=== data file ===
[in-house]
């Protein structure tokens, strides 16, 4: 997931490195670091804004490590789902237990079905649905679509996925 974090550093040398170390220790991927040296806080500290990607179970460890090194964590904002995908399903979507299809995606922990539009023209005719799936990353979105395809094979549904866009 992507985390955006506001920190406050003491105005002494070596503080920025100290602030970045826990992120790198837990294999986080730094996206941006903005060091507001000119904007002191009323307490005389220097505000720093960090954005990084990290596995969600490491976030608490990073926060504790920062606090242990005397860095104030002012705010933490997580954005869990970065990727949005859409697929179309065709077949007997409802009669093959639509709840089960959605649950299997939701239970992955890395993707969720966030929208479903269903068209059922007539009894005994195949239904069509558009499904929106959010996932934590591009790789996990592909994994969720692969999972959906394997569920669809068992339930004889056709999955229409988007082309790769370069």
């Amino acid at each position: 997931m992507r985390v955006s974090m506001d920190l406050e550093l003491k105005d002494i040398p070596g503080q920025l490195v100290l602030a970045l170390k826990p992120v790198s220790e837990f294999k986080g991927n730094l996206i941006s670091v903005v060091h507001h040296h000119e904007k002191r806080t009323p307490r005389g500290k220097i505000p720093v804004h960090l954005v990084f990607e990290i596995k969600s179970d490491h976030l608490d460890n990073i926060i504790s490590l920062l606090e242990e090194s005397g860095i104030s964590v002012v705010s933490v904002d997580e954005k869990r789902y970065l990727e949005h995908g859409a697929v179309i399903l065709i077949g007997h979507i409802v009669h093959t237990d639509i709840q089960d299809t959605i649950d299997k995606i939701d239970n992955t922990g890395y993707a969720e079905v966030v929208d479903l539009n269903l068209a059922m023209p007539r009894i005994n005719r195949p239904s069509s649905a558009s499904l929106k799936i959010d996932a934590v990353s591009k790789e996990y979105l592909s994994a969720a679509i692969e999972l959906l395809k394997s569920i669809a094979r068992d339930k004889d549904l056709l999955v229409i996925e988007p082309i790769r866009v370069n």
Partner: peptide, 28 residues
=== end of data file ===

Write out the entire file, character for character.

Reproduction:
[in-house]
């Protein structure tokens, strides 16, 4: 997931490195670091804004490590789902237990079905649905679509996925 974090550093040398170390220790991927040296806080500290990607179970460890090194964590904002995908399903979507299809995606922990539009023209005719799936990353979105395809094979549904866009 992507985390955006506001920190406050003491105005002494070596503080920025100290602030970045826990992120790198837990294999986080730094996206941006903005060091507001000119904007002191009323307490005389220097505000720093960090954005990084990290596995969600490491976030608490990073926060504790920062606090242990005397860095104030002012705010933490997580954005869990970065990727949005859409697929179309065709077949007997409802009669093959639509709840089960959605649950299997939701239970992955890395993707969720966030929208479903269903068209059922007539009894005994195949239904069509558009499904929106959010996932934590591009790789996990592909994994969720692969999972959906394997569920669809068992339930004889056709999955229409988007082309790769370069």
């Amino acid at each position: 997931m992507r985390v955006s974090m506001d920190l406050e550093l003491k105005d002494i040398p070596g503080q920025l490195v100290l602030a970045l170390k826990p992120v790198s220790e837990f294999k986080g991927n730094l996206i941006s670091v903005v060091h507001h040296h000119e904007k002191r806080t009323p307490r005389g500290k220097i505000p720093v804004h960090l954005v990084f990607e990290i596995k969600s179970d490491h976030l608490d460890n990073i926060i504790s490590l920062l606090e242990e090194s005397g860095i104030s964590v002012v705010s933490v904002d997580e954005k869990r789902y970065l990727e949005h995908g859409a697929v179309i399903l065709i077949g007997h979507i409802v009669h093959t237990d639509i709840q089960d299809t959605i649950d299997k995606i939701d239970n992955t922990g890395y993707a969720e079905v966030v929208d479903l539009n269903l068209a059922m023209p007539r009894i005994n005719r195949p239904s069509s649905a558009s499904l929106k799936i959010d996932a934590v990353s591009k790789e996990y979105l592909s994994a969720a679509i692969e999972l959906l395809k394997s569920i669809a094979r068992d339930k004889d549904l056709l999955v229409i996925e988007p082309i790769r866009v370069n």
Partner: peptide, 28 residues